Mentions: At native pH 7.1, residual O2 after He-washing was depleted and all nitrate was stoichiometrically converted to N2 within 96 h of incubation (Figures 1A,B). Net accumulation of gaseous denitrification intermediates was low (< 0.2% of initially present NO−3-N). Transcriptional activation of functional genes (Figure 2A) and proliferation of denitrifiers containing nirK and nosZ (Figures 3A,C) started instantly after the cells were transferred to the hypoxic medium. A maximum of relative transcription and community size was reached after 96 h (Figures 3A,C), ~40 h after the start of exponential product accumulation (CO2, N2) (Figures 1A,B). The maximum relative transcriptional activity (cDNA/DNA ratio) was low with 0.077 for nirK (Figure 3A) and 0.002 nosZ (Figure 3C), but efficiently translated into denitrifier growth (Figures 3A,C). The strongest growth occurred for nosZ-containing denitrifiers (16,500-fold) while denitrifiers of the nirK-type grew 400-fold (Table S2). In contrast, growth of nirS-type denitrifiers showed a lag-phase of 49 h (Figure 2A, Table S2) after which they were transcriptionally activated (cDNA/DNA ratio of 0.11, Table S3) and increased in abundance, albeit only 50-fold (Figure 3B). Ratios (nosZ/[nirK + nirS]) of >50 after 96 h indicated a tendency of enhanced growth of nosZ-type denitrifiers compared to nitrite reducers (Figure 4, Table S4) which may explain the efficient conversion of N2O to N2 (Philippot et al., 2011). However, PCR-based analyses of genes and transcripts may be biased. The primers used do for instance neither target nirK genotypes from Rhodanobacter species (Green et al., 2010) nor thermophilic Gram-positive denitrifiers (Verbaendert et al., 2014). The recently postulated nosZ clade II (Sanford et al., 2012; Jones et al., 2013) was also not analyzed in this study. Hence, nosZ/(nirK + nirS) ratios and their response to pH must be taken with caution.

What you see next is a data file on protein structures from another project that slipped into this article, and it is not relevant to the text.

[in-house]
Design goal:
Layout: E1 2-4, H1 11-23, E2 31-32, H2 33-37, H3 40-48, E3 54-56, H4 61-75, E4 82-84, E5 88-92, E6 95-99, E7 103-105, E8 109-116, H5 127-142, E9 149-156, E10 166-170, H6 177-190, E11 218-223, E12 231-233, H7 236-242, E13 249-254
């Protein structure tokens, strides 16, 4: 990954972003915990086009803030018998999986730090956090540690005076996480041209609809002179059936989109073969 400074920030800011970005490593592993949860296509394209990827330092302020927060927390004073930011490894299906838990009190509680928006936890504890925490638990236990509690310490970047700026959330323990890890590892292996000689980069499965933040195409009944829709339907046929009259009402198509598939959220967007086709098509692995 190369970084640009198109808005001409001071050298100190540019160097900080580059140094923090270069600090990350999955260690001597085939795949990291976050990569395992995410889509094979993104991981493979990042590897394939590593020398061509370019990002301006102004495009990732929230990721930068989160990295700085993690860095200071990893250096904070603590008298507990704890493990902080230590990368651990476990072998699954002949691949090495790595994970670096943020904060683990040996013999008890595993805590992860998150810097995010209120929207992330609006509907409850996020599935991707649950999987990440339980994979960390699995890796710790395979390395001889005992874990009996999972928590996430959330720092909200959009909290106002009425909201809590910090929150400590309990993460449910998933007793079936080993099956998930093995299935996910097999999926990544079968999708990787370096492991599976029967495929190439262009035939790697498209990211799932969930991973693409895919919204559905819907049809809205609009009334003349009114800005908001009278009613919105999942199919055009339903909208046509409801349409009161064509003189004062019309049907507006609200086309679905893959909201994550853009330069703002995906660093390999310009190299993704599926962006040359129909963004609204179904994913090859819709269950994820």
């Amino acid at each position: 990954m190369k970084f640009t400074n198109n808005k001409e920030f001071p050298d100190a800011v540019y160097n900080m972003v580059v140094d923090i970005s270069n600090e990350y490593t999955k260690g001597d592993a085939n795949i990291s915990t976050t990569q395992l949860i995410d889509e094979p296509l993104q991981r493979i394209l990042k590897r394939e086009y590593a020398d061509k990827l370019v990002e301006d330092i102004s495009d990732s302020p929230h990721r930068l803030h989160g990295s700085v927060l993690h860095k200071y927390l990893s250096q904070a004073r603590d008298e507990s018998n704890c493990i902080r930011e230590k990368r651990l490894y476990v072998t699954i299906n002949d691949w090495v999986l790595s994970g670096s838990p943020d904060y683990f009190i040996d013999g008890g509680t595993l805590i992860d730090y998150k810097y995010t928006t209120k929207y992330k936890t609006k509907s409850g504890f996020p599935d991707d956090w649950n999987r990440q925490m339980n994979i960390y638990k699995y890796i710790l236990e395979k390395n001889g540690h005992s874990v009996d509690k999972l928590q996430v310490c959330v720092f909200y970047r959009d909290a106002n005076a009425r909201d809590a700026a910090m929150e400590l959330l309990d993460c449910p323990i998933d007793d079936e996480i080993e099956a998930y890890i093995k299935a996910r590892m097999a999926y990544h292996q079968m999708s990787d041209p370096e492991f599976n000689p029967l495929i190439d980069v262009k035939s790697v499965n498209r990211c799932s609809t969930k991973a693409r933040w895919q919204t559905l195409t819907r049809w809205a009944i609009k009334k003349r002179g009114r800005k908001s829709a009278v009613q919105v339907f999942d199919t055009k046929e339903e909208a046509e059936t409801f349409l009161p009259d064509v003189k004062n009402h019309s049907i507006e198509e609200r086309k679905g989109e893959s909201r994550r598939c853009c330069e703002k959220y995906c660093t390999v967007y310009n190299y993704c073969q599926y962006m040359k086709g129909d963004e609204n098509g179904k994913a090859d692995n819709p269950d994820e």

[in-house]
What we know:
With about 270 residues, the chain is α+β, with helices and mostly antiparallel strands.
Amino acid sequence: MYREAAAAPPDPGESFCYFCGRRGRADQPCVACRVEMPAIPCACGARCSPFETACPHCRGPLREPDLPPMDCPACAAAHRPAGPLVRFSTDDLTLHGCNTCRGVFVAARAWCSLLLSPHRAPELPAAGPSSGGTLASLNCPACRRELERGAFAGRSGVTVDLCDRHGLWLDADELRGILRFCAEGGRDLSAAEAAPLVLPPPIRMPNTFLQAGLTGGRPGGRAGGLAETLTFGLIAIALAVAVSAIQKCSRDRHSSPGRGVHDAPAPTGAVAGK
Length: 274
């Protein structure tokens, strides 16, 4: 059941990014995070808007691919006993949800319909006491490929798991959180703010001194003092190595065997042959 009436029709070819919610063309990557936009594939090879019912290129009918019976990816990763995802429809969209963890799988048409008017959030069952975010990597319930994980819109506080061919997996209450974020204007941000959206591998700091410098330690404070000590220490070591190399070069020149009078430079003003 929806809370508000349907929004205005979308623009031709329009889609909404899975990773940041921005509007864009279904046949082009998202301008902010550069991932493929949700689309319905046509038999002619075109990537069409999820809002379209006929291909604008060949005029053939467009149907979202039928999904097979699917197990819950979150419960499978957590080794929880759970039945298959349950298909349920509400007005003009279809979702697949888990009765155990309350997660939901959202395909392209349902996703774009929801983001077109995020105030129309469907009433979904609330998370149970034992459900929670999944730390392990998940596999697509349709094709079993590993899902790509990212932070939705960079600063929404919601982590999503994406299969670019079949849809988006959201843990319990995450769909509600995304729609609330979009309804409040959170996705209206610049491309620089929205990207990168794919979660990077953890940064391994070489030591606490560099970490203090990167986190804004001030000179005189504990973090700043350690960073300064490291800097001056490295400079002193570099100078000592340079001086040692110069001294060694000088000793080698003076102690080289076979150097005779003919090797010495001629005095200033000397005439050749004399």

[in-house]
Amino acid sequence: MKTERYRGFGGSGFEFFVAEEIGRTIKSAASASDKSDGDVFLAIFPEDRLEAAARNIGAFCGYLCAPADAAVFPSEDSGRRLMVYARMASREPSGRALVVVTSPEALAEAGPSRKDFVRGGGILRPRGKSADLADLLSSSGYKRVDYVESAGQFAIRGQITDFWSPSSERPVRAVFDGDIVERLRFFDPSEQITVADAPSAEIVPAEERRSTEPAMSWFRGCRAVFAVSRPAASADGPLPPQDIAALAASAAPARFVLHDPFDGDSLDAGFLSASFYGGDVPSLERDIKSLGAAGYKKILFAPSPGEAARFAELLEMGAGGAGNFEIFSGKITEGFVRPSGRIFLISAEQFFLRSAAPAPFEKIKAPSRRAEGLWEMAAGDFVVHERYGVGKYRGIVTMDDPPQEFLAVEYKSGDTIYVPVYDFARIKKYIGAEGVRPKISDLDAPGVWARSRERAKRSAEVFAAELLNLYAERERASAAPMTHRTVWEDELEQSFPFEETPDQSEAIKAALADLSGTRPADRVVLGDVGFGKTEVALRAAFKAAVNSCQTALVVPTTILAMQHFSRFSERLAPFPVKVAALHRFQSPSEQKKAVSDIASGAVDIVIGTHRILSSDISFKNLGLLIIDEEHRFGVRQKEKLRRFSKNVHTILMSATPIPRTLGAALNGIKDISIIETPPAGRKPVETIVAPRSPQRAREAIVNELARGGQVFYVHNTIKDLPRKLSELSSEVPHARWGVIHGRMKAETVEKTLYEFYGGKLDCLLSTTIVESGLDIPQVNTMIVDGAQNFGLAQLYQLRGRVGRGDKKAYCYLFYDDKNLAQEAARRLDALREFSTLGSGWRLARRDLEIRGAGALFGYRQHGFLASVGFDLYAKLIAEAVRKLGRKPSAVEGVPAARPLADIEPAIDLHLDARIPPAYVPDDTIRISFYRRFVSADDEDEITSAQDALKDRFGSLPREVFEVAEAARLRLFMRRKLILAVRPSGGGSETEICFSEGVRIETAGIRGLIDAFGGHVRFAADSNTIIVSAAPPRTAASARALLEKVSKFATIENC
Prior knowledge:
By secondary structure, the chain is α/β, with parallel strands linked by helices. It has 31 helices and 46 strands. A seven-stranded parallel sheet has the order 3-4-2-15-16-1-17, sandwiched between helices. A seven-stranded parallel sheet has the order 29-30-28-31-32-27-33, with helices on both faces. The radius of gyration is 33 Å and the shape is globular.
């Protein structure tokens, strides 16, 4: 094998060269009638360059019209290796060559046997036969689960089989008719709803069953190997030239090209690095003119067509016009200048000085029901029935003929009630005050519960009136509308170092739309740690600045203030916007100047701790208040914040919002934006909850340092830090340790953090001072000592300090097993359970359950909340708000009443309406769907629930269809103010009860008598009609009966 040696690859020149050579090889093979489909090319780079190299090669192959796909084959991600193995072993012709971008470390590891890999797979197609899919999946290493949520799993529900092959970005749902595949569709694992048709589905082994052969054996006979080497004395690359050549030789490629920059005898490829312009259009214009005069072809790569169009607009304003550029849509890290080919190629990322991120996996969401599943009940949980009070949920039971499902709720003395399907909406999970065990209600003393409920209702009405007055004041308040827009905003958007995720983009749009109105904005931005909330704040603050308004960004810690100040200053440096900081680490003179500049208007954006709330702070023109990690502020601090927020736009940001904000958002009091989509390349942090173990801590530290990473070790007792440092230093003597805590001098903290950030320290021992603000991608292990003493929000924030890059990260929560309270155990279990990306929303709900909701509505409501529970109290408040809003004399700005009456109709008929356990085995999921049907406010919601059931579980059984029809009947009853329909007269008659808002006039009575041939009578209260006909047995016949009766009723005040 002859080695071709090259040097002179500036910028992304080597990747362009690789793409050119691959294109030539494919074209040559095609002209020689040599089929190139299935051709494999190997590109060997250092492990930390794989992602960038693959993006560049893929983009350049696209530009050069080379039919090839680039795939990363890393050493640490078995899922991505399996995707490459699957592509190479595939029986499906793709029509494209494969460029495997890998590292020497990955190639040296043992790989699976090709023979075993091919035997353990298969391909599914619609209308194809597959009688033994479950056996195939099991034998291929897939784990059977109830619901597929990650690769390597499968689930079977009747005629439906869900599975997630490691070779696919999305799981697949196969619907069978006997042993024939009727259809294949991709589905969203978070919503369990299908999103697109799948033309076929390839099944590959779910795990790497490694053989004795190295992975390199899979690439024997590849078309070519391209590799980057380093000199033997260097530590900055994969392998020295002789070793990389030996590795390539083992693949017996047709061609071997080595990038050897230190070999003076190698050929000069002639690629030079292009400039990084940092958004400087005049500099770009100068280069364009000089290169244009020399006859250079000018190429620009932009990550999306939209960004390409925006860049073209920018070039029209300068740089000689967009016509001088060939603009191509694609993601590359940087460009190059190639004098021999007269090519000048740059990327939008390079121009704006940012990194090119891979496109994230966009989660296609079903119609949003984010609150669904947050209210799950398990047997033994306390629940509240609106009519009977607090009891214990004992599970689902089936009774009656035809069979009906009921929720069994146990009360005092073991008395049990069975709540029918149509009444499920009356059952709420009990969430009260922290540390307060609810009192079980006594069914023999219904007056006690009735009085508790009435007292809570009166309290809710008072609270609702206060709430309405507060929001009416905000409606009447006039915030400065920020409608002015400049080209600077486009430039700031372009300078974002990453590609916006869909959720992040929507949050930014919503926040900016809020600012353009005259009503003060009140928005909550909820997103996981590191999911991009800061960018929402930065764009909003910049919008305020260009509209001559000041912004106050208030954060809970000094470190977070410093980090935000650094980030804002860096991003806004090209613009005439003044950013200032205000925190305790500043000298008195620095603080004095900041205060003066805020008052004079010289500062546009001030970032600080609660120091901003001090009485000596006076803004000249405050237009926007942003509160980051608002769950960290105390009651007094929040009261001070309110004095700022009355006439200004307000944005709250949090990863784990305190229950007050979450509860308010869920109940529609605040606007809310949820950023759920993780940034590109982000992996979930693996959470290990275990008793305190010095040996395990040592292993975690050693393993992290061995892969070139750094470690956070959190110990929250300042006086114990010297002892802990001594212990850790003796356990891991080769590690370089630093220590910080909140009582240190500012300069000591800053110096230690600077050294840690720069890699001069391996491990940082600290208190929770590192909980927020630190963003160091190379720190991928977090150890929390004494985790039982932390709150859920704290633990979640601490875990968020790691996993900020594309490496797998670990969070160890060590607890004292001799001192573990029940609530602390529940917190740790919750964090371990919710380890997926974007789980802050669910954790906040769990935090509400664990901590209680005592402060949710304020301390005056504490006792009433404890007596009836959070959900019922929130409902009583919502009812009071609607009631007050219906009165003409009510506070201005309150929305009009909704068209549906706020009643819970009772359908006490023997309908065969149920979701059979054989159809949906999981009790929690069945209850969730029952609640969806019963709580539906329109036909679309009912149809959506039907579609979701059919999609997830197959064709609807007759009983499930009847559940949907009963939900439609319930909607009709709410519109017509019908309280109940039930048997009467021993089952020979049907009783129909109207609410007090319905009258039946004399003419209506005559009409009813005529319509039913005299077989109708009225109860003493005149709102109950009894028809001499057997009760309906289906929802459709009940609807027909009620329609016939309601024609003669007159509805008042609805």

pH-driven shifts in overall and transcriptionally active denitrifiers control gaseous product stoichiometry in growth experiments with extracted bacteria from soil.

Brenzinger K, Dörsch P, Braker G - Front Microbiol (2015)

Abundance of functional marker genes for denitrification (nirK, nirS, and nosZ) quantified by qPCR and ratio of cDNA/DNA copy numbers. Left axis, total gene abundance and right axis, ratio of cDNA/DNA copy numbers. Bars indicate the total gene copy numbers and the line the cDNA/DNA ratio. An asterisk indicates significant differences in gene abundance, x indicates significant differences in the ratio of cDNA/DNA copy numbers between incubation at pH 5.4 and pH 7.1 at a given time point (ANOVA: P < 0.05). (A)nirK; (B)nirS; (C)nosZ (Mean±SD, n = 3).
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Figure 3: Abundance of functional marker genes for denitrification (nirK, nirS, and nosZ) quantified by qPCR and ratio of cDNA/DNA copy numbers. Left axis, total gene abundance and right axis, ratio of cDNA/DNA copy numbers. Bars indicate the total gene copy numbers and the line the cDNA/DNA ratio. An asterisk indicates significant differences in gene abundance, x indicates significant differences in the ratio of cDNA/DNA copy numbers between incubation at pH 5.4 and pH 7.1 at a given time point (ANOVA: P < 0.05). (A)nirK; (B)nirS; (C)nosZ (Mean±SD, n = 3).